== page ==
News+and+politics religion philosophy the cynic librarian: The Lid Comes Off in Sydney

Wednesday, December 14, 2005

The Lid Comes Off in Sydney

One of the sife-effects of the so-called War on Terror is the increased tensions between westerners and anyone Arab or Moslem. Emboldened by rhetoric from the US that brands an entire religion and region as terrorist and whole cultures and societies members of an Axis of Evil, years of resentment, envy, and socio-cultural repression have exploded in France and most recently in Australia.

The most recent outrage, carried out by surfer types and swimmers at an Australian beach, include the mob attack on anyone ethnically Arab. Today, the anger and violence spilled over into the suburbs, as gangs of Lebanese young men and Australians torched cars and rampaged through suburbia. One group set on fire a church...

If there's one thing that the Bush regime harped on for the past three years is the tune that the war on terror is not aimed at Moslems or Arabs. Unfortunately, that message has not percolated down to the conservative minions whose blog posts day after day denigrate Islam. These statements can be seen from the Christian Broadcasting Network's diatribes against Islam as the religion of war to online forums where Moslems and Arabs are characterized as dirty, beggarly, and blood-thirsty.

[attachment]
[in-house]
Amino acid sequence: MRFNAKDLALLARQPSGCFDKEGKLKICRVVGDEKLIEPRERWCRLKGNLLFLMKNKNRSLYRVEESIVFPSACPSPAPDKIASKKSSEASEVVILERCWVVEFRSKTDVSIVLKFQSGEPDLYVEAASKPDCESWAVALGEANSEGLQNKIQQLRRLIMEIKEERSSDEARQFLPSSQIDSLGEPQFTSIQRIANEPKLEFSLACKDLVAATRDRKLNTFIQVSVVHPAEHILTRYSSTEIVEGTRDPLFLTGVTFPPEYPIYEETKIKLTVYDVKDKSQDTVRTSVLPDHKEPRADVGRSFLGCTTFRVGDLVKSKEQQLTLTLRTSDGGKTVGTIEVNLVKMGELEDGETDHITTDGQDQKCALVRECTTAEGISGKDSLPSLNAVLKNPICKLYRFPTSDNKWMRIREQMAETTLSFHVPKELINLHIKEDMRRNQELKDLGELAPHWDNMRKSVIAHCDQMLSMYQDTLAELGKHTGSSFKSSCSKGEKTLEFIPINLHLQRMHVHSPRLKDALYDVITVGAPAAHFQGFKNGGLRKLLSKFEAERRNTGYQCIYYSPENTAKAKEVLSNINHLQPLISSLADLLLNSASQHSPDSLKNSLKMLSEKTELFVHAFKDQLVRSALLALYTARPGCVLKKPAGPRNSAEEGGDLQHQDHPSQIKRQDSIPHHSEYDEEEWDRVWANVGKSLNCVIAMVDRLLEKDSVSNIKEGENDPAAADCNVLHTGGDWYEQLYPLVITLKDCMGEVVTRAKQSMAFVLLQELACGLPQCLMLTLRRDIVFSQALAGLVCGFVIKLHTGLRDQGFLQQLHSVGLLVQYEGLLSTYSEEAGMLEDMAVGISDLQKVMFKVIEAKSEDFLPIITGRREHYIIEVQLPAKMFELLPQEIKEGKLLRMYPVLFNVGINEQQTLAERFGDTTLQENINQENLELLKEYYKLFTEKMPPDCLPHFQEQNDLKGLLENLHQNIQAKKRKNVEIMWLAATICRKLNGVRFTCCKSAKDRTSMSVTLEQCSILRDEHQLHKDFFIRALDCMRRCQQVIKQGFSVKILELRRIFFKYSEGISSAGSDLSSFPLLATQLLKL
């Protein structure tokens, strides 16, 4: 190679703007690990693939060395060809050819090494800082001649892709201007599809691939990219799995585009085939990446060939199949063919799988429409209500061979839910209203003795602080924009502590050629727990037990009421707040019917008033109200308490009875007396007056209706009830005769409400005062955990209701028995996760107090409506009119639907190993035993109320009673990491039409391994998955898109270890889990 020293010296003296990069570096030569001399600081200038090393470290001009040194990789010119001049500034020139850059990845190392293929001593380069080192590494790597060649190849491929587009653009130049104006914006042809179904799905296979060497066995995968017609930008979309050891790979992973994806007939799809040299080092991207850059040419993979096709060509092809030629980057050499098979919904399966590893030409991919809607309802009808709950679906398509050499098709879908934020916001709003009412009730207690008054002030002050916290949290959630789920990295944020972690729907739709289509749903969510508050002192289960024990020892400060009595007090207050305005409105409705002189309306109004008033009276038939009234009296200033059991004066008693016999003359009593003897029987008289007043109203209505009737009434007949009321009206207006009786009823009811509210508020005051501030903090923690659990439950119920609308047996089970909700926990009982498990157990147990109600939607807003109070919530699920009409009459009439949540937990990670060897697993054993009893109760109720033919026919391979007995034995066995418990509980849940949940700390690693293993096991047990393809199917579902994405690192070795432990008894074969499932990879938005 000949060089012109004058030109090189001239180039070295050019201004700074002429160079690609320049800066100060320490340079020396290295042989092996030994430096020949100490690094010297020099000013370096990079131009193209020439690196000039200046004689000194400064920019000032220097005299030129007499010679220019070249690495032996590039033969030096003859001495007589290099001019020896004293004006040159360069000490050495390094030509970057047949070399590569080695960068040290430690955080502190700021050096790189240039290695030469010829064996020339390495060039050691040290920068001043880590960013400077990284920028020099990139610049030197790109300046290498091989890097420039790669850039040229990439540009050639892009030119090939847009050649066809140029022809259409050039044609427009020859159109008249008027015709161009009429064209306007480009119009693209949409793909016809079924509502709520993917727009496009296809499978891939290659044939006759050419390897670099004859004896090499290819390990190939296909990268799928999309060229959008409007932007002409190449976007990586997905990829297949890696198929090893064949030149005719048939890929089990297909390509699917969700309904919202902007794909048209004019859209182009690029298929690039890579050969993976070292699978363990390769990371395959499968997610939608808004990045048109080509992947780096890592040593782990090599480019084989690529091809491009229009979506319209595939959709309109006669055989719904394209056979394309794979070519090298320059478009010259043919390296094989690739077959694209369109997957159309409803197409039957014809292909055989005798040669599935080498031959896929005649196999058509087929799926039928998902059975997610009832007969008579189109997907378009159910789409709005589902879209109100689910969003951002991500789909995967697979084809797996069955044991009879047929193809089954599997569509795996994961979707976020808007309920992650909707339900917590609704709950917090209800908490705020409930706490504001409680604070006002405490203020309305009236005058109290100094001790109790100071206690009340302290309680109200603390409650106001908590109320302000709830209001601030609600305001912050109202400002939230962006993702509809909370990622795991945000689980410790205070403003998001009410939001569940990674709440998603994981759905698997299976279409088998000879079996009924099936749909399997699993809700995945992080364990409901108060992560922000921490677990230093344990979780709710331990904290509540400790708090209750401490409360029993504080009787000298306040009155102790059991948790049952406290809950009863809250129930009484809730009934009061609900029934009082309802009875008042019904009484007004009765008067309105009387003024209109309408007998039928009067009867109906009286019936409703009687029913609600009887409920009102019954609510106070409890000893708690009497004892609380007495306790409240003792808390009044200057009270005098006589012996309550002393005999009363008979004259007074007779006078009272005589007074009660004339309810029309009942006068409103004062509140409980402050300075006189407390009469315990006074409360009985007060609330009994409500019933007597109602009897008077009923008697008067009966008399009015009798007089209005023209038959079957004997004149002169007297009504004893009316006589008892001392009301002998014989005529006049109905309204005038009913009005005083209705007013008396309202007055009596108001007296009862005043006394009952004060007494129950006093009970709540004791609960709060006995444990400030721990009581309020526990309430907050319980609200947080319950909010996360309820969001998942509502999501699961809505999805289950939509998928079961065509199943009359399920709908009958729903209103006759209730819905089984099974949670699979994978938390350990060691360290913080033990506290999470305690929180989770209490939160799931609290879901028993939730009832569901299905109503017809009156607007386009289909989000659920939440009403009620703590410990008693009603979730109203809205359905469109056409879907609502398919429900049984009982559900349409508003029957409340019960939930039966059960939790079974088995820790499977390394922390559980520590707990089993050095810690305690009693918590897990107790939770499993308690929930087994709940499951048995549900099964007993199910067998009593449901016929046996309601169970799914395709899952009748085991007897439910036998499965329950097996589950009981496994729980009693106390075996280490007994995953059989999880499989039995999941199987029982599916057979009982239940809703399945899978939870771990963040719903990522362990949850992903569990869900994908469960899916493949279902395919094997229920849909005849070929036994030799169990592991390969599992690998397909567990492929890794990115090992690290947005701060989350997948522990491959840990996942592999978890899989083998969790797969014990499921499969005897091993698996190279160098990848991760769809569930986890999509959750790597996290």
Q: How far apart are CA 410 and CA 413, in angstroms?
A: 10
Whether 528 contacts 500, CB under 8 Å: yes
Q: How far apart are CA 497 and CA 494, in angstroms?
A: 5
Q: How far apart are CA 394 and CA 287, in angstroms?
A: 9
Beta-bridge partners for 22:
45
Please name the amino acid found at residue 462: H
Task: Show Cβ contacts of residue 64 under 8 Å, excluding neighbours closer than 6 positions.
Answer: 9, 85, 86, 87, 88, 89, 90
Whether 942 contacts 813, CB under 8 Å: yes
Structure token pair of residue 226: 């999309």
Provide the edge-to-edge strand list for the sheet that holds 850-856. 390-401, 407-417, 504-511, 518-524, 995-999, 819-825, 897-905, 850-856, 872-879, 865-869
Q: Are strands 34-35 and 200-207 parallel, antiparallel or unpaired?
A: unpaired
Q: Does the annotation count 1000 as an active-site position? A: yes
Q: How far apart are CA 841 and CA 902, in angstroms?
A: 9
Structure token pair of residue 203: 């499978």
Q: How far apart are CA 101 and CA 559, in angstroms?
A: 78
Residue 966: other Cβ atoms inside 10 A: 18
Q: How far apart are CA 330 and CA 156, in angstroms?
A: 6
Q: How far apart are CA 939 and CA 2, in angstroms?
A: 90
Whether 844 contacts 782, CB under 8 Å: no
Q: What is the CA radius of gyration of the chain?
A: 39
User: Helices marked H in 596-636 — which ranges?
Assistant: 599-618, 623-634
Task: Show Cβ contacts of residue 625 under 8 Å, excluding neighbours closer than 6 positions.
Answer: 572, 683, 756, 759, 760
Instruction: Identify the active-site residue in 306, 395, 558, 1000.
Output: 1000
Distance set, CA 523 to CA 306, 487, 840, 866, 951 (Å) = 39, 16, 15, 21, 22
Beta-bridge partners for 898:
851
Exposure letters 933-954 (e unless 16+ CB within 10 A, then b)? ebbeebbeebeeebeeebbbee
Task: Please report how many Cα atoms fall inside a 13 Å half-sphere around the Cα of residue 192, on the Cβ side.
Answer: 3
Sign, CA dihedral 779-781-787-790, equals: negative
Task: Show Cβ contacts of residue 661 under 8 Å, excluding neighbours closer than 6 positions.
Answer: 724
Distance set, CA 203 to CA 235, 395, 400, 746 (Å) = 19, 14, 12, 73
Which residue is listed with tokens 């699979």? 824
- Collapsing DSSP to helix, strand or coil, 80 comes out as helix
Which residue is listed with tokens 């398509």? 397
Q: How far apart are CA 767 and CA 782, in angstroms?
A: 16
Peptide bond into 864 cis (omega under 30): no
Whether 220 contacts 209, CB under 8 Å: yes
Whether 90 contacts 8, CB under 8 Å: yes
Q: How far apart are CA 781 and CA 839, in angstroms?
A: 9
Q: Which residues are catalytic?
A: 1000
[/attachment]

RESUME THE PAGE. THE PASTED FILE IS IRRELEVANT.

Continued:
Of course, there will be excuses from the leaders of the US and other western nations that they cannot be responsible for the actions of a few rabid malcontents. Yet, the atmosphere of hatred and climate of fear that the march to war generated has ignited more than simple-minded patriotic fervor. It has gone to the heart of all the resentments and anger that modern, post-secular society can generate.

If Bush and his regime meant their war rhetoric simply as militaristic flourish, the effects are much more widespread and virulent than they imagined. Yet, given Mr. Bush's own sense of being chosen by God to lead the nation at this time and in these circumstances, he cannot hide behind the quaint notion that he didn't really mean it. The apocalyptic terminology he and his followers use seem calculated to call on all of the end-time passions and furies that millenial fanatics have always corraled to manipulate and keep in control the masses.

Unfortunately, the end-time mythology is shared not only by Xtians. It is also part of Islamic belief. By calling up the demons of world conflagration, Bush's religiously inspired words and axis of evil scenario may well turn out to be a self-fulfilling prophecy.

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